Dom: You don't have to answer this question if you don't want to, but was it a relief when it finished and you could take a step back from Number 10?
Sarah: There was no relief in the sense that we didn't want to lose the election that we did, and we didn't want to move off. And there was no relief in thinking that things that you wanted to be doing couldn't happen. But in terms of just being able to lead your normal life, it was certainly an easier day to day, to not have all of that commitment and expectation lined up.
And also the moment where your next mistake is about three minutes ahead of you all the time. So that side of it I don't miss. The only thing I found that we missed when we left was the people. You work so closely and intensely with people and get to know them really well, whether it's policy people or someone who's just going and getting you a cup of tea and a sandwich.
You miss those people because they're suddenly gone overnight, but the rest of it, you can still pick out what’s possible in terms of public service and continue that. In that respect it's not like you suddenly have nothing to do.
Skye: So looking back at your experience of seeing the kids around you in North London lacking ambition and opportunity, do you think that things have changed since then?
Sarah: I think for children around the UK, what's been tough for them is all of them have had their schooling disrupted. All of them had their education disrupted. There's nobody who has been unaffected by the pandemic. There's a lot of conversation around what the learning gaps are for children going back and what support they're going to need.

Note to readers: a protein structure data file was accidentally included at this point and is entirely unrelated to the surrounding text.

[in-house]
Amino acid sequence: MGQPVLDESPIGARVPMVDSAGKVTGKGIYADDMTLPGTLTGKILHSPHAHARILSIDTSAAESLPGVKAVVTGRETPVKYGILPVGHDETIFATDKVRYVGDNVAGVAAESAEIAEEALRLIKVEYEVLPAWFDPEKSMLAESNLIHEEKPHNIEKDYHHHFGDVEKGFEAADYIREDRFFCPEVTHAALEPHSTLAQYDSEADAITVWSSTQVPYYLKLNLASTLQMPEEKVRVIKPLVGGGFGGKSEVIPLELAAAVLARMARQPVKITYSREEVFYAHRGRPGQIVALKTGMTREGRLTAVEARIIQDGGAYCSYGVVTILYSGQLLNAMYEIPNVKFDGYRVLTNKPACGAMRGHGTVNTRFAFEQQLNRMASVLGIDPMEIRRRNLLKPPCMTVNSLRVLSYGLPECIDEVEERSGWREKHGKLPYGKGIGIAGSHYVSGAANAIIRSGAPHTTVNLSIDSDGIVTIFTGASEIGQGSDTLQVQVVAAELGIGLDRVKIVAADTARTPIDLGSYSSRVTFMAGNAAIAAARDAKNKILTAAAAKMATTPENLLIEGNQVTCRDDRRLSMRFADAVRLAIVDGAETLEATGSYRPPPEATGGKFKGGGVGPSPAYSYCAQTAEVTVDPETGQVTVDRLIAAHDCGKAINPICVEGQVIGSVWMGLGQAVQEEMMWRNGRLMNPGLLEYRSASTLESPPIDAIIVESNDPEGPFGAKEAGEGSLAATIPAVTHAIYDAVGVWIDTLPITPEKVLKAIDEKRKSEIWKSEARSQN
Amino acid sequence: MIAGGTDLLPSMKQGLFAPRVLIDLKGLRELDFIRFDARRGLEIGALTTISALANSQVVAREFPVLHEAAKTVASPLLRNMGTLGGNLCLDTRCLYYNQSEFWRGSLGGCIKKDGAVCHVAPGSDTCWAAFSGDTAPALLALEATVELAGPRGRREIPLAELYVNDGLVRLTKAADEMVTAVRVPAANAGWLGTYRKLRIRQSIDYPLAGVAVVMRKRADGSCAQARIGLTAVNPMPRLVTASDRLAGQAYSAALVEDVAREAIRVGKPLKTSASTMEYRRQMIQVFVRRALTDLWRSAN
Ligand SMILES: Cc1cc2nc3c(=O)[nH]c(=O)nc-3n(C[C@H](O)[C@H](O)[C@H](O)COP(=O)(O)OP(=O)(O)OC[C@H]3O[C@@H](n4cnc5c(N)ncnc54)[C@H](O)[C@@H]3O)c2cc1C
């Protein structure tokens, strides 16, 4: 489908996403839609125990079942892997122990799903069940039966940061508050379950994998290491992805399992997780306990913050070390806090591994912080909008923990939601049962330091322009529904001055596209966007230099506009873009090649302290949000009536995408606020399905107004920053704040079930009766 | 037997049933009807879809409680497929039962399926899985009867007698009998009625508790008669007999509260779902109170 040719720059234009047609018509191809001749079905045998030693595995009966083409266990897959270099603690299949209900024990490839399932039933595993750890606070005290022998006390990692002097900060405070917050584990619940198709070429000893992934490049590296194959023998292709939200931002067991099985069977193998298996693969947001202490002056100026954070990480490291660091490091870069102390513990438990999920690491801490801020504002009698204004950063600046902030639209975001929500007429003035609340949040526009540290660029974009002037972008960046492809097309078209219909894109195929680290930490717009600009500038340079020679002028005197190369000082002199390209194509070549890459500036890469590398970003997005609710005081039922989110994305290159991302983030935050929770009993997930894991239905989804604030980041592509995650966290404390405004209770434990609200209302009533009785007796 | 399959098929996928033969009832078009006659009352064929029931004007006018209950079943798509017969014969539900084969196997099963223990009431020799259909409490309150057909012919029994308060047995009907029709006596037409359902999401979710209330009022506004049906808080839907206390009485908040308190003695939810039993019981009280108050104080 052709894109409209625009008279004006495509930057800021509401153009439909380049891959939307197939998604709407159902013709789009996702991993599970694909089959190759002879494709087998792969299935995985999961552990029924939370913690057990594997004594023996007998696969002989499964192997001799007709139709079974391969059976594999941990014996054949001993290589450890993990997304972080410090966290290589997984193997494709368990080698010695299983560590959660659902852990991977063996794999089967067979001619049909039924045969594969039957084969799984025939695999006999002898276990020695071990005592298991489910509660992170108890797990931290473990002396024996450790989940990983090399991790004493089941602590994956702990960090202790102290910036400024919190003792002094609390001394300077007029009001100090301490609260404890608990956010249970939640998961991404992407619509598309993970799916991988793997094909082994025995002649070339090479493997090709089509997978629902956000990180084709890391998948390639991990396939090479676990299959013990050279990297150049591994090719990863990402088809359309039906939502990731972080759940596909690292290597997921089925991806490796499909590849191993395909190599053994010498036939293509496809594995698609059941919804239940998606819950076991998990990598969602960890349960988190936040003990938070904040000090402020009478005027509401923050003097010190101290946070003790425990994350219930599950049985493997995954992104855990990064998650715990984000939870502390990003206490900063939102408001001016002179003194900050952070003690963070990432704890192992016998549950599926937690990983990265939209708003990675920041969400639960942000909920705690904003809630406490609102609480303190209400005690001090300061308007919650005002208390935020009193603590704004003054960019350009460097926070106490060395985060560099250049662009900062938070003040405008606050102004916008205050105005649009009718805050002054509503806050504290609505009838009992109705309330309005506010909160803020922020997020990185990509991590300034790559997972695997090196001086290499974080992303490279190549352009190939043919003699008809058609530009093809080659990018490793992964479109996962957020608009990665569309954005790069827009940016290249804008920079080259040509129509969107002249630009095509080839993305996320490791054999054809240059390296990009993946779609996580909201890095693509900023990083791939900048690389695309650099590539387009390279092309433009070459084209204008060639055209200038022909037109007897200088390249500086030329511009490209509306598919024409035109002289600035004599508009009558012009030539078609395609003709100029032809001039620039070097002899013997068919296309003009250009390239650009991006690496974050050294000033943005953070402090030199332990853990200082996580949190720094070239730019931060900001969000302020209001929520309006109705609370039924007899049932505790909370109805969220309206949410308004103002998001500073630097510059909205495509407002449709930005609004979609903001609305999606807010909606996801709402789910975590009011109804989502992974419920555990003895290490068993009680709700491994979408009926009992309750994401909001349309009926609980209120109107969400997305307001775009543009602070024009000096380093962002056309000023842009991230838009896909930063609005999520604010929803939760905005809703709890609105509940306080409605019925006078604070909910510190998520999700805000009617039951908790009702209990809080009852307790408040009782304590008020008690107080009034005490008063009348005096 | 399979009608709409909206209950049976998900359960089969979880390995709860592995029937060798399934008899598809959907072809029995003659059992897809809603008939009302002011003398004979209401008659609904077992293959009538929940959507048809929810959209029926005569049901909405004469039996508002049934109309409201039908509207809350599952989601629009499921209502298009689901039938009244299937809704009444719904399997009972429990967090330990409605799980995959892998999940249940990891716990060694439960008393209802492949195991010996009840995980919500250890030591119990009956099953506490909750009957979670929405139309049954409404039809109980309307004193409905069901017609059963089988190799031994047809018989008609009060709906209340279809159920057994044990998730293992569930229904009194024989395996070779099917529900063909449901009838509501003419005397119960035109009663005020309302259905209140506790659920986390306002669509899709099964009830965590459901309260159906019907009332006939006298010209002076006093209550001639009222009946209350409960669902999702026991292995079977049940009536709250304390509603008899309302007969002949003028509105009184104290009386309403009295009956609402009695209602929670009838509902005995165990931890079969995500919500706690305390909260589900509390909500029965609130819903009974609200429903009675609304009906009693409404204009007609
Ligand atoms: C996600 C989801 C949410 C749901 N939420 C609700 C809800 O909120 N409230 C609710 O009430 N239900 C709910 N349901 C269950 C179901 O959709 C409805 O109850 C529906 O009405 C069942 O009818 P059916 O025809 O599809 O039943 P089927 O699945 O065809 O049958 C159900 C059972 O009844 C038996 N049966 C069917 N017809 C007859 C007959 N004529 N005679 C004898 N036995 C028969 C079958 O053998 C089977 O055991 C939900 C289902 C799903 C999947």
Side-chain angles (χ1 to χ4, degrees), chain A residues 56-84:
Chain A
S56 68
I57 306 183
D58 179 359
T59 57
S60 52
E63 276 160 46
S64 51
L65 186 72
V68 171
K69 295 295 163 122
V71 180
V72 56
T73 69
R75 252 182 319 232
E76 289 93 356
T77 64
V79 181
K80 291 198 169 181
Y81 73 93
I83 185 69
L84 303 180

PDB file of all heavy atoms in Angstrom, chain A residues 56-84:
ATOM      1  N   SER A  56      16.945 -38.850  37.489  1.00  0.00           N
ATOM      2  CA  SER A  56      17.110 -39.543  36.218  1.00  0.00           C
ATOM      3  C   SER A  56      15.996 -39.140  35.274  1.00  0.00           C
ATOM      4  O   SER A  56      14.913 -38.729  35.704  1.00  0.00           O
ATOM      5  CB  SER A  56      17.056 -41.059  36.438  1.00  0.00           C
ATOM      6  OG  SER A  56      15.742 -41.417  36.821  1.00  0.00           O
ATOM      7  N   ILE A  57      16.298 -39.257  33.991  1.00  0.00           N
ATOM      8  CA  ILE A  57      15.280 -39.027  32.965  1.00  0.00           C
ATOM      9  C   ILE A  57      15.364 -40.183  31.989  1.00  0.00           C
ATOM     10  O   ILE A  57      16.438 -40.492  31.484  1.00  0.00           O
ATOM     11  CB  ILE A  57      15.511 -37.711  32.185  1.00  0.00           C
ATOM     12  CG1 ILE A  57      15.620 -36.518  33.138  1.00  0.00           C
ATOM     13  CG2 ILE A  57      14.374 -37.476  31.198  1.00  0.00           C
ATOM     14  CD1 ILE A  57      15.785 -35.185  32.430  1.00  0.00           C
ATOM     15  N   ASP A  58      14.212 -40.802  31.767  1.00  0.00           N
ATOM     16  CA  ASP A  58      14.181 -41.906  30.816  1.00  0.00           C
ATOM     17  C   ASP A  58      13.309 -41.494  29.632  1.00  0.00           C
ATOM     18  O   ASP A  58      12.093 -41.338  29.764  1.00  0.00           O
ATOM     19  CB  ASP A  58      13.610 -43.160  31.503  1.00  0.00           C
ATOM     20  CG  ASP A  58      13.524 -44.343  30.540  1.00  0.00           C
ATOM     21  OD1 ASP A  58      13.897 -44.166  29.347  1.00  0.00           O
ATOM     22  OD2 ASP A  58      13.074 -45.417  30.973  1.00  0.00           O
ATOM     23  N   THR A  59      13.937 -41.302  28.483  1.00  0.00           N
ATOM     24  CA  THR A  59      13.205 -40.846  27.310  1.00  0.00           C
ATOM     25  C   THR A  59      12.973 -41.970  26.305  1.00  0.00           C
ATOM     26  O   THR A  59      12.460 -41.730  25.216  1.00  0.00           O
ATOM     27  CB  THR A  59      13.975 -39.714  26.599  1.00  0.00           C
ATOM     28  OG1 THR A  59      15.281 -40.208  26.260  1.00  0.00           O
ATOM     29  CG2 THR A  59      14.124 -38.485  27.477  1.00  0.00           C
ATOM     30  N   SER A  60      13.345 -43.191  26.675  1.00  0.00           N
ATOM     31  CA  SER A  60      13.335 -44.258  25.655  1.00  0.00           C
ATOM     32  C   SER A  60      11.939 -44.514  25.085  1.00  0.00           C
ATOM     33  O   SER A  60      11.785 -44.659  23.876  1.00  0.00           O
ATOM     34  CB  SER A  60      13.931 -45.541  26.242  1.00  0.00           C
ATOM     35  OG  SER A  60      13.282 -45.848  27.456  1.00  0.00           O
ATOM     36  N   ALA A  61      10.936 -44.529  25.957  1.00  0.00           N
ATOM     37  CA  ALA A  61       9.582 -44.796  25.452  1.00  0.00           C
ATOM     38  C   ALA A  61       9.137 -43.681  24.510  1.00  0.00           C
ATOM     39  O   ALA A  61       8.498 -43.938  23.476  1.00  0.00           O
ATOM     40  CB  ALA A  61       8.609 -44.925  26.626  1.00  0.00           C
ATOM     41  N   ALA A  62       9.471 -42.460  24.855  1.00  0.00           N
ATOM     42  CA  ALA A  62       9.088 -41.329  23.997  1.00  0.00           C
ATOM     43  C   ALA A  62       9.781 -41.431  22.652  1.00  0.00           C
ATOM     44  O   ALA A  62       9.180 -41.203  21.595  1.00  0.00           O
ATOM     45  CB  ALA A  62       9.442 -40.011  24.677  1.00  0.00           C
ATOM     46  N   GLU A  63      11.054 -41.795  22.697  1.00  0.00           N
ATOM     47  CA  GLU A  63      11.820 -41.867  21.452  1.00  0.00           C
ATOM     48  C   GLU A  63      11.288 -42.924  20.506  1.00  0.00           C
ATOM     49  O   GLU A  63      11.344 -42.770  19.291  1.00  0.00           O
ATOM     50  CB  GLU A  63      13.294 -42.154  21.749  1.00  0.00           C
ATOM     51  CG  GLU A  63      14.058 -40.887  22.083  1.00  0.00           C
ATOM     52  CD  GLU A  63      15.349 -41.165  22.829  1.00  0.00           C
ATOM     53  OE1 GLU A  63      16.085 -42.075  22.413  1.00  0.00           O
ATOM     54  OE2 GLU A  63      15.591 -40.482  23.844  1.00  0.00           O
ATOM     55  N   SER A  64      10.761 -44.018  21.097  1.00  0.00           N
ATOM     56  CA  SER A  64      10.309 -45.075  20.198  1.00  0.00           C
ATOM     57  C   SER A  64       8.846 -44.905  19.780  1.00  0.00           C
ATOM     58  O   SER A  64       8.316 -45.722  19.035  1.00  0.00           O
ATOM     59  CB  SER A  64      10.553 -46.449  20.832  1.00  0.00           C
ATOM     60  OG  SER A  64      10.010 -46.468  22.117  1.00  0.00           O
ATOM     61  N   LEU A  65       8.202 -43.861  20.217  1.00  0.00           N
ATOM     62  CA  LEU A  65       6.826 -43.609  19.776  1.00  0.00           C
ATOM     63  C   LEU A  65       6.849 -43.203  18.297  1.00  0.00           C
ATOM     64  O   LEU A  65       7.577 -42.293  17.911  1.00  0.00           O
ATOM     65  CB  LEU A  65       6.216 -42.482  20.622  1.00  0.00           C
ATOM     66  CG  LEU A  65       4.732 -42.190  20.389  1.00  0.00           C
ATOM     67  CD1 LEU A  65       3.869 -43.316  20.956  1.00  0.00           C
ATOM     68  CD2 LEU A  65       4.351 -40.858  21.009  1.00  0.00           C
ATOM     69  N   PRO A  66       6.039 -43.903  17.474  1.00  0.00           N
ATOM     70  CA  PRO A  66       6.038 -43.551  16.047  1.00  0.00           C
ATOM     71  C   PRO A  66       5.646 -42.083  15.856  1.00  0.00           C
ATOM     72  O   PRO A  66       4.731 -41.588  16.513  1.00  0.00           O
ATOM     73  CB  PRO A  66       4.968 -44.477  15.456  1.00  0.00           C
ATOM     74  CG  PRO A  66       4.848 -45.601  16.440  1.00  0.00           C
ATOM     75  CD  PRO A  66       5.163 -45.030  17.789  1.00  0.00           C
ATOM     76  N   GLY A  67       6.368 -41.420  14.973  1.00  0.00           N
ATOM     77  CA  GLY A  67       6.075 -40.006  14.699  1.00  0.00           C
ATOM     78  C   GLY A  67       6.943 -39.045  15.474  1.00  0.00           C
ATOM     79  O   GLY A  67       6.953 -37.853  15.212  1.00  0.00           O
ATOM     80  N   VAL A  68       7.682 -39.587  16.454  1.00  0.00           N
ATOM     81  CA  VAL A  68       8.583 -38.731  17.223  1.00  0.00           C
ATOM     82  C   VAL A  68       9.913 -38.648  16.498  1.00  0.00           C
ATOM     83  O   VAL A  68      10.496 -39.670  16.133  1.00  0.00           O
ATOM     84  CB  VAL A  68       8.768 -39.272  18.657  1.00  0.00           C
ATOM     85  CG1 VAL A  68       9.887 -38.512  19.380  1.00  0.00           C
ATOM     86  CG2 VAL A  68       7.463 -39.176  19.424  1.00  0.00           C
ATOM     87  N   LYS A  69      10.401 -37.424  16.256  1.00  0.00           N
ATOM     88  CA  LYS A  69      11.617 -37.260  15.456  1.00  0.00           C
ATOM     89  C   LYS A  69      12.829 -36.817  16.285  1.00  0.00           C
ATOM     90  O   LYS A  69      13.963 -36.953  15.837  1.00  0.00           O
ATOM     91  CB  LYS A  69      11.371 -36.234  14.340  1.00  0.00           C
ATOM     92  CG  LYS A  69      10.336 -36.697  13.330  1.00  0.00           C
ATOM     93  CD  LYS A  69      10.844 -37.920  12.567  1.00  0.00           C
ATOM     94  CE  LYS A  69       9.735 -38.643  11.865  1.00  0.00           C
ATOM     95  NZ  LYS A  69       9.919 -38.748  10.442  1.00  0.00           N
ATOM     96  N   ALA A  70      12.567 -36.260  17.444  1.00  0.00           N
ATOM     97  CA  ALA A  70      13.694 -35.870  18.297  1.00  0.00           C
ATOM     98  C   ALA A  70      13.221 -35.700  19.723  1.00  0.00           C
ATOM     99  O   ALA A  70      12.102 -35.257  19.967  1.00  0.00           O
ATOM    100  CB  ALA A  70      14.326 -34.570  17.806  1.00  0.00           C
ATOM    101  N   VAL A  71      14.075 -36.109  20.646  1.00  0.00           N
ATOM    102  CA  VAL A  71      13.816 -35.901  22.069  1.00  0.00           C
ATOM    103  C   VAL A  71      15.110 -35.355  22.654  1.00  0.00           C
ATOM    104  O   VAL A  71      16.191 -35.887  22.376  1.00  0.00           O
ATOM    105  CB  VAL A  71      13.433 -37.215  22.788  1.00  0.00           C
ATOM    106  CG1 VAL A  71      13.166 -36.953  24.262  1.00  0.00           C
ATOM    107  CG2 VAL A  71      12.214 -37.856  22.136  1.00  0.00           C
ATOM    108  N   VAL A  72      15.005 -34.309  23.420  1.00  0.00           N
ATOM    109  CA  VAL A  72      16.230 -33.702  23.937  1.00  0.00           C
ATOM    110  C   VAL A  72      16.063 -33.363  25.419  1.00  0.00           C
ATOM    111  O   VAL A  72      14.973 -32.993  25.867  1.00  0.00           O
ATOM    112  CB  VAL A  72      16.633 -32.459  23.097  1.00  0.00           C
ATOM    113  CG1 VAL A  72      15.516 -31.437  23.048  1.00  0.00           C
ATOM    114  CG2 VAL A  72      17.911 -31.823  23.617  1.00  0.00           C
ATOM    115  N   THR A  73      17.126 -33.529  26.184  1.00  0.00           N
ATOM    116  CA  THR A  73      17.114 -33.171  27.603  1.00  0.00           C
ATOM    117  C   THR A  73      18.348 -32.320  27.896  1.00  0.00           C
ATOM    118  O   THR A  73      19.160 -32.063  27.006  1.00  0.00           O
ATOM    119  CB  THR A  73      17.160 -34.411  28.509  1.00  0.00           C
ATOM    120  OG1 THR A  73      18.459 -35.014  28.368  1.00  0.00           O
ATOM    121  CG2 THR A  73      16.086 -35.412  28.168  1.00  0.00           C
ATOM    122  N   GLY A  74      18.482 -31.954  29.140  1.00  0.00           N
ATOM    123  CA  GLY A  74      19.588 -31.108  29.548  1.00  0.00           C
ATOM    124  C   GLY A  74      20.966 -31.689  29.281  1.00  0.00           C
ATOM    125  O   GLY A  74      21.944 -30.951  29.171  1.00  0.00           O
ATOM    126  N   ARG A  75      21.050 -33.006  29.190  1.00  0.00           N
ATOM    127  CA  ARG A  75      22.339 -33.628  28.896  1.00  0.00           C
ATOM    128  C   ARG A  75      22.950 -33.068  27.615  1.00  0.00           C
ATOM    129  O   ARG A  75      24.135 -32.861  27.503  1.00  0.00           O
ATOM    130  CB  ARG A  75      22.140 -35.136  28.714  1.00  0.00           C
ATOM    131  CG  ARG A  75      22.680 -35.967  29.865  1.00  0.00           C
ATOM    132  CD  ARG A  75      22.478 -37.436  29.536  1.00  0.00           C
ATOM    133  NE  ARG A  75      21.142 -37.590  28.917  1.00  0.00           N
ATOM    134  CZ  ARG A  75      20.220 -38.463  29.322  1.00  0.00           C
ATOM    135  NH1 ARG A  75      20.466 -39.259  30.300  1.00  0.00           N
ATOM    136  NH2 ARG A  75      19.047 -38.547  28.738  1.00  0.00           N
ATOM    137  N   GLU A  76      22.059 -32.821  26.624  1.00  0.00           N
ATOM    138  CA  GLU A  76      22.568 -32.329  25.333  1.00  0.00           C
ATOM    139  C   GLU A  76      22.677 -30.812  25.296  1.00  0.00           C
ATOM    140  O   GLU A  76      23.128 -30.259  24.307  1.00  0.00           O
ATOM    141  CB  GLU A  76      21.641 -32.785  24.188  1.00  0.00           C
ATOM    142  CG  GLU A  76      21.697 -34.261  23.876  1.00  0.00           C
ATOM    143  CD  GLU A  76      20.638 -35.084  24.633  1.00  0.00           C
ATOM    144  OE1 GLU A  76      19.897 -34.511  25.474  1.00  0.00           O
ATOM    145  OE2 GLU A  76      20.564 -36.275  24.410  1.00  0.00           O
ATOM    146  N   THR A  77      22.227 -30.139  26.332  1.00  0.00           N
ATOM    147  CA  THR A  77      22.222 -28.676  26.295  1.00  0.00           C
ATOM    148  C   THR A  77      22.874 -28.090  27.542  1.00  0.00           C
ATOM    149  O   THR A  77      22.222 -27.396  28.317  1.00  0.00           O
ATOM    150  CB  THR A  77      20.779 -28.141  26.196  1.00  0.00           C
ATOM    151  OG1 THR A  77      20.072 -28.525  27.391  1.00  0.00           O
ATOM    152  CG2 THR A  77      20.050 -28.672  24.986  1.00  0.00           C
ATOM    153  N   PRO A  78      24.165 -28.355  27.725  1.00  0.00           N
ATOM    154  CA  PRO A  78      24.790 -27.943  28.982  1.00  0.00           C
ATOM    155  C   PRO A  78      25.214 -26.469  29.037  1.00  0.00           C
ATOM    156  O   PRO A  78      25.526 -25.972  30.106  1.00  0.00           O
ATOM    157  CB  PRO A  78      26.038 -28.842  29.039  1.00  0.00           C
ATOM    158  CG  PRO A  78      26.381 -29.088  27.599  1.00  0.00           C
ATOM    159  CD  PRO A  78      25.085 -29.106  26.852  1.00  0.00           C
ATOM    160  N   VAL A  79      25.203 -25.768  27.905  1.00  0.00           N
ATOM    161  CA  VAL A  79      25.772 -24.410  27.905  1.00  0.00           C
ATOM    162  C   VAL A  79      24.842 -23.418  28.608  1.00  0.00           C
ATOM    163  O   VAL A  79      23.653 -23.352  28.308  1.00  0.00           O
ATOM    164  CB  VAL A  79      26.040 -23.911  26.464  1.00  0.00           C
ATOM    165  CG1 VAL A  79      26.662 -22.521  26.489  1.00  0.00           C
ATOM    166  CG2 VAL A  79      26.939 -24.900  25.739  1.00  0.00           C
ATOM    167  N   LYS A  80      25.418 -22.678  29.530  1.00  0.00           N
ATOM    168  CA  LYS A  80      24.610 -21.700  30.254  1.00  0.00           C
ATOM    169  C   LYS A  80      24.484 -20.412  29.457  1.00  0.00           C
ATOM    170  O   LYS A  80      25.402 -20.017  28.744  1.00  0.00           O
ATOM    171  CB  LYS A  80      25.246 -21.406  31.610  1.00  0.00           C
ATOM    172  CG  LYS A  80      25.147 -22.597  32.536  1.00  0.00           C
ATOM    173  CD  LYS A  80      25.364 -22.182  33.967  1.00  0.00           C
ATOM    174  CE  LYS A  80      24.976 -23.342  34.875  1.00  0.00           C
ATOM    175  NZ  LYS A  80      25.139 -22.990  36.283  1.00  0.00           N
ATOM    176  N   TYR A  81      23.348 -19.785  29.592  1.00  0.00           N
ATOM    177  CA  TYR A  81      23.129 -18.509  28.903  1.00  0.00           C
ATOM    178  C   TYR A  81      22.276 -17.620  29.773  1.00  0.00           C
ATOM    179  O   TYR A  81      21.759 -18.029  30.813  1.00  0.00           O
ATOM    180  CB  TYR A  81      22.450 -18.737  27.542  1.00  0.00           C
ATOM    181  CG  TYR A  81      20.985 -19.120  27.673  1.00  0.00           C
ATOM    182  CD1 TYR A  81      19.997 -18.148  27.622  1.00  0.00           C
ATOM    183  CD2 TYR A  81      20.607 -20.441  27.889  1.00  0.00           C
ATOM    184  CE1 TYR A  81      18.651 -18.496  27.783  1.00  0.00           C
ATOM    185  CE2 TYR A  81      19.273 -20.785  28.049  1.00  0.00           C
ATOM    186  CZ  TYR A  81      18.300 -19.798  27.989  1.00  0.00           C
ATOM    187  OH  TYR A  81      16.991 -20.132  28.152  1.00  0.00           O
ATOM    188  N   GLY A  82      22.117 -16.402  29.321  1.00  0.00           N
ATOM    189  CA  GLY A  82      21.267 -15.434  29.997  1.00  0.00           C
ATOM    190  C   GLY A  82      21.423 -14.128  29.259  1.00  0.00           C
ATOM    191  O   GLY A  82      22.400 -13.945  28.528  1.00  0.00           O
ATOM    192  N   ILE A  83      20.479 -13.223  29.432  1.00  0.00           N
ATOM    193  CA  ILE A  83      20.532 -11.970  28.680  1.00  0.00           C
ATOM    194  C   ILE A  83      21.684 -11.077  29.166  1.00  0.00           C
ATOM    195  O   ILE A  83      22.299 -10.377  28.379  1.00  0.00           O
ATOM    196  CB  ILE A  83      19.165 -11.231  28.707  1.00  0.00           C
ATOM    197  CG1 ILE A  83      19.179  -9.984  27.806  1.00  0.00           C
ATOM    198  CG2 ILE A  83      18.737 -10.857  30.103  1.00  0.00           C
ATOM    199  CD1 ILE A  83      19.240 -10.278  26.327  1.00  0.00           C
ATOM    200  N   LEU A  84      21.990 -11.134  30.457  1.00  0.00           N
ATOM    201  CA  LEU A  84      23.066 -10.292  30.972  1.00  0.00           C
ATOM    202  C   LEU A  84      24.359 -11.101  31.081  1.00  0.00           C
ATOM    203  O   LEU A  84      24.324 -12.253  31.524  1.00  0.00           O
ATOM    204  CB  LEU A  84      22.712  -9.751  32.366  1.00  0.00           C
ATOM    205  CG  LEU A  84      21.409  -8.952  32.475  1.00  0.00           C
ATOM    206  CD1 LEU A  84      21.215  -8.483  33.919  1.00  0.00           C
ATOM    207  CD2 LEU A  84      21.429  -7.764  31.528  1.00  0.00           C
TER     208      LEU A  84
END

So I think that's a very real issue. The other thing is looking at the levels of child poverty around the UK, but even broadly around Europe and other parts of the world. What do we do about that? If you've got kids coming to school, who haven't had a decent breakfast, aren't going to get a decent lunch who need that sort of support.
So I think as a UK community, and as a global community, we have to look at what's going on near us and look at what that impact is on families. Everyone feels very stressed and stretched by this pandemic. The impact is long periods of isolation, loss of earnings and income for families and the rising cost of living.
All of that is really, really tough. And as I'm talking, I'm trying to avoid being political about it, but it's still right there and very evident to people that child poverty is absolutely unacceptable. Especially in a country that overall can afford to look after everybody and to provide everything that a child needs to go to school safely and comfortably, and to be well fed.
Each of us can play a part in that. We can choose how to vote and how we choose to serve in our local communities, but also you can think of something you can do to help the families that you see within your immediate environs.